It isn’t every day that visitors have the opportunity to visit a Kibbutz that kept the original nature of a Kibbutz and some of its cooperative facilities to this day.
The old Kibbutz of Kfar Masaryk opens its gates to visitors, offering a unique experience that includes traveling the Kibbutz pathways, a visit to the founders’ court, a trip to the Na’aman River and lunch at the Kibbutz’s dining hall.
Kfar Masaryk was founded in 1933 by a group of the Shomer Hatzair movement youth who immigrated from Czechoslovakia and Lithuania.
The Kibbutz currently numbers about 400 members, it is privatized but still maintains its Kibbutz atmosphere including joint celebration of holidays such as the Passover Seder and bringing the offering of first fruits on Shavuot, and shared facilities such as the dining hall and the laundry facility.
A tour along the Kibbutz’s pathways allows visitors a magical taste of what once was traditional Kibbutz life. The tour takes visitors through several routes designed to get them acquainted with the founders’ court, the first farmyard around which the Kibbutz’s first residents built their houses.
In the yard visitors can see Kfar Masaryk’s famous water tower, decorated with ceramic tiles that were attached to it during the Kibbutz’s jubilee celebrations, bearing Kibbutz members’congratulations to their Kibbutz on this festive occasion.
In the yard visitors may also see a building made of red bricks manufactured at the local reputable Na’aman factory. Inside the long structure one can find the Kibbutz’s original cobbler’s workshop that worked from its very beginning up until 15 years ago. In the cobbler’s workshop, still carrying Stalin’s image on one of its walls, one can see old style shoes and sandals and the tools of trade of the cobbler who once made shoes and sandals for Kibbutz members, fitting each child and member with one pair of sandals in summer and one pair of shoes in winter custom made to fit their specific measurements. One can only imagine the many times each one of these shoes and sandals had to be repaired.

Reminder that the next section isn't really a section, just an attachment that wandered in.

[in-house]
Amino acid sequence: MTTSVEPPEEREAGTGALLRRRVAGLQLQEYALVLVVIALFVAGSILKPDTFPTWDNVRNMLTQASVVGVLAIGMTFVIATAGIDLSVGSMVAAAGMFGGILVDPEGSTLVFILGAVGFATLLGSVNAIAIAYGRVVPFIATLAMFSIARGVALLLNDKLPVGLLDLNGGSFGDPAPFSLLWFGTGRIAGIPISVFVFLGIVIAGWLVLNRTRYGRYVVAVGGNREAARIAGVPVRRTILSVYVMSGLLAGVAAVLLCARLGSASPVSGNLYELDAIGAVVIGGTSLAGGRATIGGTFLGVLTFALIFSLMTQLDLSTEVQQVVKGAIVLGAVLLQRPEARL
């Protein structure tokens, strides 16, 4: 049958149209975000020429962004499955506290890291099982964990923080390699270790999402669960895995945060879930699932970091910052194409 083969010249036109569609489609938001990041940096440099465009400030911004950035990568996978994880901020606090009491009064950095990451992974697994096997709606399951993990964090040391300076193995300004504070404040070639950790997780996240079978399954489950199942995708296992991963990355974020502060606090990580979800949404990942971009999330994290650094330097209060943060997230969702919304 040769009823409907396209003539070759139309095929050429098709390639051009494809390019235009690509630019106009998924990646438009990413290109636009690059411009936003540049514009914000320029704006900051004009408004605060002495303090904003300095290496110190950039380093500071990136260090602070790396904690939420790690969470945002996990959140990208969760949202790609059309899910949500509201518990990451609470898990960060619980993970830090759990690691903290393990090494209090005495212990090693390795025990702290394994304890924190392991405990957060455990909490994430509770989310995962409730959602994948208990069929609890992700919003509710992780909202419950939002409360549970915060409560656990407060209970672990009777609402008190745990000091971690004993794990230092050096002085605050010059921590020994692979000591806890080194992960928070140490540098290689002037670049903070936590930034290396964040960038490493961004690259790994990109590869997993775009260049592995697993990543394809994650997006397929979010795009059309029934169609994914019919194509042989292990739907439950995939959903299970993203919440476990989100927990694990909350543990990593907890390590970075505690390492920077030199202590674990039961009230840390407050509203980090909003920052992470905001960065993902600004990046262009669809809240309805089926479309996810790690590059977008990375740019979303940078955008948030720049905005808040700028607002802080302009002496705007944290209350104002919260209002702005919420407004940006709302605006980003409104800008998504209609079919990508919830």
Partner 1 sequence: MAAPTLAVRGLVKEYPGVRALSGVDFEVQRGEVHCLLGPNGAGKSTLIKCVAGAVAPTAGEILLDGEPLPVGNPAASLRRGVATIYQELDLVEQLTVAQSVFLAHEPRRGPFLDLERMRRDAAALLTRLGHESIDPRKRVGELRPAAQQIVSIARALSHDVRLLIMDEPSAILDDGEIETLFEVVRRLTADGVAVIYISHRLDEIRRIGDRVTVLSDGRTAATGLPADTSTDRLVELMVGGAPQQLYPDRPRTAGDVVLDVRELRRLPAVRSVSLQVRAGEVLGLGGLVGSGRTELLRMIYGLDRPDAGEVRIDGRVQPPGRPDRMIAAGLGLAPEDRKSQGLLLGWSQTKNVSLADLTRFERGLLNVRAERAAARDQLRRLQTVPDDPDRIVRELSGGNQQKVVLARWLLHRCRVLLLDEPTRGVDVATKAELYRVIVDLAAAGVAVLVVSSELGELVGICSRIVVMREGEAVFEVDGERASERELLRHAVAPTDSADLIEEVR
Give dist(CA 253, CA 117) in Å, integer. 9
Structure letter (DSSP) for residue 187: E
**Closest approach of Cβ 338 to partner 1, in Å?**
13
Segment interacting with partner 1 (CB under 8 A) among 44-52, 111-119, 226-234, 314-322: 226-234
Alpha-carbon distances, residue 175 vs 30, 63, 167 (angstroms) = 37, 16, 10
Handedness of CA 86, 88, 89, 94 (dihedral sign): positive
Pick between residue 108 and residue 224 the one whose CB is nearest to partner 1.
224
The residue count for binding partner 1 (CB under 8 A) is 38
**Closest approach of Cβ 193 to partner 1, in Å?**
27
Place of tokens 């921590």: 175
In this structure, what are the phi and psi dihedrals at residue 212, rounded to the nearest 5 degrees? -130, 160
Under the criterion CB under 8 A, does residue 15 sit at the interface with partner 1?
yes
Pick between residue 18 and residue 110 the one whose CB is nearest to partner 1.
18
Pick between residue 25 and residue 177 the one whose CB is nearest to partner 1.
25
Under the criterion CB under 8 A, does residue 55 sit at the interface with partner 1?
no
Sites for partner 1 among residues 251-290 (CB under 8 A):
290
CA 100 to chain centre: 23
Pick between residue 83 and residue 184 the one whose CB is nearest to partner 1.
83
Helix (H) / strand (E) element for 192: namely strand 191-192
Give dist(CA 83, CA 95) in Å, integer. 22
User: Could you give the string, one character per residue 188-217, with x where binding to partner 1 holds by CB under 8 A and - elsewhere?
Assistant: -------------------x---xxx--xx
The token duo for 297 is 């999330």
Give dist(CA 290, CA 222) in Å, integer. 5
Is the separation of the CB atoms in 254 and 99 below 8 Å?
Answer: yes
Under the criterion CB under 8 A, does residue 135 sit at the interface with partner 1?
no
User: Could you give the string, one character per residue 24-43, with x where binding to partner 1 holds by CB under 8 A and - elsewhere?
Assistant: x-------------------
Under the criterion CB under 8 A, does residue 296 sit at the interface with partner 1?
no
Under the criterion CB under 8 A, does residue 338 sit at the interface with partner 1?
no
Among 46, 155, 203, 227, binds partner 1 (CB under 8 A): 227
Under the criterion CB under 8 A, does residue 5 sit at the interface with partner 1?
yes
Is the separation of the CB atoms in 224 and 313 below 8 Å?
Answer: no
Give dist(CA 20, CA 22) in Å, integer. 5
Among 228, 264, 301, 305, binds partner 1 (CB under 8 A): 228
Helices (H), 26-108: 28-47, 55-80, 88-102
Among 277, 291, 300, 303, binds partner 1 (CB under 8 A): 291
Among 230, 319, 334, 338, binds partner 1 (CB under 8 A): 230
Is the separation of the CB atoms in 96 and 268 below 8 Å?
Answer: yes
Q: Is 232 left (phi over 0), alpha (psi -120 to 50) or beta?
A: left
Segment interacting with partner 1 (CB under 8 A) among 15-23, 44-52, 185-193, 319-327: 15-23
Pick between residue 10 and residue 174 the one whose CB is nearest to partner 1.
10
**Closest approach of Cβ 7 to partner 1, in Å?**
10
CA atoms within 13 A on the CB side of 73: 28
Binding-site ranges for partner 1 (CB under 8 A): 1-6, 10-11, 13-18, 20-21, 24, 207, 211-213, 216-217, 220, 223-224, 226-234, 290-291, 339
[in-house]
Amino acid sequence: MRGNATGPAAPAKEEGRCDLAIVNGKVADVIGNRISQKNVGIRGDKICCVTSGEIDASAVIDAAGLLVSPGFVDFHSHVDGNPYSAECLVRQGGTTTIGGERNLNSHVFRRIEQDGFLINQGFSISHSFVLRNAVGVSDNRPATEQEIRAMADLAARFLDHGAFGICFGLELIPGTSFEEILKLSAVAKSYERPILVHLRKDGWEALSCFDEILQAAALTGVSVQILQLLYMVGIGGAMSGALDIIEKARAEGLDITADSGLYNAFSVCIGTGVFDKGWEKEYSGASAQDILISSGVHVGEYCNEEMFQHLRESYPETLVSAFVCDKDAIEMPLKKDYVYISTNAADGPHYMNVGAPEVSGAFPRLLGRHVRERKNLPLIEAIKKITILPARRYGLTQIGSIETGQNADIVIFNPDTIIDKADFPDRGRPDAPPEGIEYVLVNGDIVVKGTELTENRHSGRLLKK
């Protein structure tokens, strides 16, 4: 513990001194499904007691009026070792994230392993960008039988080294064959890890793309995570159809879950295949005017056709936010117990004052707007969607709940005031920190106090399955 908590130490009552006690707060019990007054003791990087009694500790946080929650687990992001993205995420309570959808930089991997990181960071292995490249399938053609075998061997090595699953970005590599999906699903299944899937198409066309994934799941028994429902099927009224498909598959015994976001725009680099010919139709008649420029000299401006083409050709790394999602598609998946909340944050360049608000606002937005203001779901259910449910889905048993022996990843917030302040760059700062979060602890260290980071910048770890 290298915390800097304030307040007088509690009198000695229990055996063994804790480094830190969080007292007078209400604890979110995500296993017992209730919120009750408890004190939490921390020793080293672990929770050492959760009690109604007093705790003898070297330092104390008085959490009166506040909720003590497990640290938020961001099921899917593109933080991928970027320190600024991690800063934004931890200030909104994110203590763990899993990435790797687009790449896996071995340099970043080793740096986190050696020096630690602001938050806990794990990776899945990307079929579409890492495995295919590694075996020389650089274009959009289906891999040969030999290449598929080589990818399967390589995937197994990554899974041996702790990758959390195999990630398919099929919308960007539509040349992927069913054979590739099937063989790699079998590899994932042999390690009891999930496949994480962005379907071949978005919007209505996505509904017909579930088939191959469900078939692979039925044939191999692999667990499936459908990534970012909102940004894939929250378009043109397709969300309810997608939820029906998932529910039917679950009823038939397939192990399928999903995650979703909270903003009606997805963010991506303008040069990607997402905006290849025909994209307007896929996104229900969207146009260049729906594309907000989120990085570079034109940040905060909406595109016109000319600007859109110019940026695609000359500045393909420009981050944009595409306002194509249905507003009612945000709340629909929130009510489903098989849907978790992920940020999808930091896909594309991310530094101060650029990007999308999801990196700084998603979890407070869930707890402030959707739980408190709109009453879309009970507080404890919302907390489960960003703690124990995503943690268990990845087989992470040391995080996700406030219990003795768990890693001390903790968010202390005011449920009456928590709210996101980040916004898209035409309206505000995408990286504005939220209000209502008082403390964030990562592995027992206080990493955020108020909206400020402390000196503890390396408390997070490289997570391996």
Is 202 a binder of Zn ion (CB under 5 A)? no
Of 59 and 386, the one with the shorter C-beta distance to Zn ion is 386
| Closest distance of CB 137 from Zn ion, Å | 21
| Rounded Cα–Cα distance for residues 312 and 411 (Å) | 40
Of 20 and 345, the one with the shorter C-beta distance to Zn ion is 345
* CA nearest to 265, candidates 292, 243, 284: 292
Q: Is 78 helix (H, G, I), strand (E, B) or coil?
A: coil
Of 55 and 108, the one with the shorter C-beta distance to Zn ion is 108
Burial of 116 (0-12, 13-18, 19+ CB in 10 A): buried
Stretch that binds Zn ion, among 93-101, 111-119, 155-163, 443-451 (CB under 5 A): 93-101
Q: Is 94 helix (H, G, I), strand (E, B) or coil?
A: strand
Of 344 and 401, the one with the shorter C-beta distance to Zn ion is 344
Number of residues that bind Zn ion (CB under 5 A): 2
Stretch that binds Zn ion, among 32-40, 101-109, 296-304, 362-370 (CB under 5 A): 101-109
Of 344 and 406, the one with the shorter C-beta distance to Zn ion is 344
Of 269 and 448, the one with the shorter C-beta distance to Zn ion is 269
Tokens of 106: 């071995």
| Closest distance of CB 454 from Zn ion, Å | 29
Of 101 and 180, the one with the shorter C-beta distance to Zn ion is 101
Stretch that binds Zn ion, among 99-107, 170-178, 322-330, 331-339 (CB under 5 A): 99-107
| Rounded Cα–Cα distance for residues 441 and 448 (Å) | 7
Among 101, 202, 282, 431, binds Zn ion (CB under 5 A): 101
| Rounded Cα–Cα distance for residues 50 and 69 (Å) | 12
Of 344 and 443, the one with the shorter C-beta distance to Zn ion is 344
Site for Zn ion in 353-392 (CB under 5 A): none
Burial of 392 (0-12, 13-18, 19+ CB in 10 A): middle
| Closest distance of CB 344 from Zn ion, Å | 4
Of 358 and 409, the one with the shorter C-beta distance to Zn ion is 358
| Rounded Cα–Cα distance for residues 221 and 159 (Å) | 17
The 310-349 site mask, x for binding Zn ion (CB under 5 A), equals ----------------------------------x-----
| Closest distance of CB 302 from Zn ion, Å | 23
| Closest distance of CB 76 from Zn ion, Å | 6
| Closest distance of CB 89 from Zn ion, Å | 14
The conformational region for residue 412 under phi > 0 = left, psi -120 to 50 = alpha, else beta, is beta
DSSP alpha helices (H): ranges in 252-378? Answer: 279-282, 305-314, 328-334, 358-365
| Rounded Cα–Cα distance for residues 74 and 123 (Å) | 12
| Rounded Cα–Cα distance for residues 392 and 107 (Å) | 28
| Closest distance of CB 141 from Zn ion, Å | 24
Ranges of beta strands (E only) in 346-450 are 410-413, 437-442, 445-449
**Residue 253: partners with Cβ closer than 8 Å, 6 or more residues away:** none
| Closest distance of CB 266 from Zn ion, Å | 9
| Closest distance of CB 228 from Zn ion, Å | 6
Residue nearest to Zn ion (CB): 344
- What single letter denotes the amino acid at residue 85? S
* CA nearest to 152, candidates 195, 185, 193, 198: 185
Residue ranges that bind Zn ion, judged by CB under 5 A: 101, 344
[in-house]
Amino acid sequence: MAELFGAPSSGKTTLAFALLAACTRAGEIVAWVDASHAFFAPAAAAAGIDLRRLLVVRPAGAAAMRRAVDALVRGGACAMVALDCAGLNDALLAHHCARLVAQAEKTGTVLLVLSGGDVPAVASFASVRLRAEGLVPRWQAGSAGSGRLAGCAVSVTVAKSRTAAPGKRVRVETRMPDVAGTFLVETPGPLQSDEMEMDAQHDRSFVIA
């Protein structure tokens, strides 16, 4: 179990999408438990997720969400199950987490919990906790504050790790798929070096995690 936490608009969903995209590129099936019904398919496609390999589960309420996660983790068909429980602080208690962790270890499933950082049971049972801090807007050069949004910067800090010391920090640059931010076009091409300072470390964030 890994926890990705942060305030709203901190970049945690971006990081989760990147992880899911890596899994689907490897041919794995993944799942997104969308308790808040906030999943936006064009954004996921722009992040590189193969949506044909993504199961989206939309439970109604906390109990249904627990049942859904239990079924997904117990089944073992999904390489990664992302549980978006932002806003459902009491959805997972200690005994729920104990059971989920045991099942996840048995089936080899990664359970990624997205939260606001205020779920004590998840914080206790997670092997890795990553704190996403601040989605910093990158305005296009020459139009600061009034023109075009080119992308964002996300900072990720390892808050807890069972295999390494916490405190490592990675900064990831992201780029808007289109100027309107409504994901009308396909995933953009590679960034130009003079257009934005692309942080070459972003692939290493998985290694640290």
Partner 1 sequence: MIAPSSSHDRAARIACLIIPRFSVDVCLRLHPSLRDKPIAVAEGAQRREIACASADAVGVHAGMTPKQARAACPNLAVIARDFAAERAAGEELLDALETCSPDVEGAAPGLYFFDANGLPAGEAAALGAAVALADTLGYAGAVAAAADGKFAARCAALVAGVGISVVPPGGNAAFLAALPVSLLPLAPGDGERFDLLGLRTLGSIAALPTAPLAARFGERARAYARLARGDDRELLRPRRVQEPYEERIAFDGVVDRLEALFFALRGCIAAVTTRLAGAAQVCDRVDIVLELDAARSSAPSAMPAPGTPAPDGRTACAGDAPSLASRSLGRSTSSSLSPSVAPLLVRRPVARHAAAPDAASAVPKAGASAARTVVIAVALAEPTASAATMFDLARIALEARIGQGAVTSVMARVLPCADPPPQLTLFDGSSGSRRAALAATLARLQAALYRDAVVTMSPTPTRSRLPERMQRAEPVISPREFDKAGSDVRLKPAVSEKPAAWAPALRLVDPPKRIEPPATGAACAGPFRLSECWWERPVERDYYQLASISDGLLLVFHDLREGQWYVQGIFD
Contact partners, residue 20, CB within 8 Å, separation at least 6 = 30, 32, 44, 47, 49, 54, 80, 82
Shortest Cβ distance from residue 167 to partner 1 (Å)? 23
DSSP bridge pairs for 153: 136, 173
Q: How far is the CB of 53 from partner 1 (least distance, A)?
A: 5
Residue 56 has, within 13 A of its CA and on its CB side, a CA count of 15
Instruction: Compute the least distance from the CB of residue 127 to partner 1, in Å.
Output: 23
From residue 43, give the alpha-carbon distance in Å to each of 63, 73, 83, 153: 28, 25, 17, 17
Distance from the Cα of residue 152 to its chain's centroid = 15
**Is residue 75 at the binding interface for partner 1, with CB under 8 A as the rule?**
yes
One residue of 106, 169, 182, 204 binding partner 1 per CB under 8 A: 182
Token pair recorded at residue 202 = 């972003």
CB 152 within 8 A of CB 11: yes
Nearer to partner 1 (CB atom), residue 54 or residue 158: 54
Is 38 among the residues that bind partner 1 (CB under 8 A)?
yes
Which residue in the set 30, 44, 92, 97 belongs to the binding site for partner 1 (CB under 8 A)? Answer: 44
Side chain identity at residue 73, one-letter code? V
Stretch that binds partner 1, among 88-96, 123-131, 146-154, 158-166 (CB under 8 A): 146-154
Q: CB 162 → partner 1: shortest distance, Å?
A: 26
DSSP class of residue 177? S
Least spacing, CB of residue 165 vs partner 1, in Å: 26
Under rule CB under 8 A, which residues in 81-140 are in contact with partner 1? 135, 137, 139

Another interesting finding is the neatly organized index file holding written details of each member’s name, shoe size and the date he last received a pair of shoes.
Another room in the brick building is dedicated to Ascar – the paint factory that later on became Tambur. The room does not only commemorate the successful factory, but also represents one of the Kibbutz’s dramatic moments, when it parted with the factory due to the ideology forbidding the employment of people from outside the Kibbutz in Kibbutz operated facilities.
An interesting exhibition in that same room commemorates the mythological Na’aman factory with the initial ceramic ware it manufactured; kitchenware and serving vessels that were once household name in every Israeli home.
Opposite the red brick building visitors can see the founders’ first cabin built in 1938. The cabin displays an interesting collection of household utensils and furniture and commemorates the lives of the Kibbutz’s first settlers from the 1940’s to the 1950’s.
Yet another route takes visitors to the Munio gallery for Israeli art, named after architect Gitai Munio who designed the dining hall, the gallery and the inner courtyard in 1965.
The gallery was renovated at the initiative of his son, cinema director Amos Gitai, and holds between 4-5 alternating exhibitions a year on environmental and society issues.
The Kibbutz’s dining hall serves breakfast and lunch and is open for visitors at affordable prices: breakfast for NIS 25 per person, lunch for NIS 35 per person.
Another trail is the singing walls trail that takes participants on a guided tour along the Kibbutz’s pathways observing public Kibbutz buildings on which poets’ songs are inscribed; pausing opposite each of these buildings to sing along with the guide’s tape recorder.
The laundry room – Kfar Masaryk’s laundry room is a relic of the times of old and works in the same exact way; during the tour one can watch the laundry operation, separation, folding and distribution into members’ individual compartments according to the number embroidered on each garment.
The Visitors Center – holds alternating exhibitions as well as a permeant display called “touches of time” unfolding the issue of culture and folklore at the Kibbutz throughout the years, and displaying photos of images and events in Kibbutz life in the past and the present.
The Visitors Center also offers films documenting various periods in the Kibbutz.
The Na’aman River trail – an enchanting hike on foot, suitable for all family members, takes visitors to the flawing Na’aman River, an observation point from the fishermen’s hill to the fishponds and the scenic view, a hike along the river bank to the blue dome offering hikers a meeting place and a point of observation on birds nesting in the Kibbutz’s fields and the vicinity, amongst them: kites, cormorants, white and black storks, coots, ducks, herons, kingfishers and other water birds.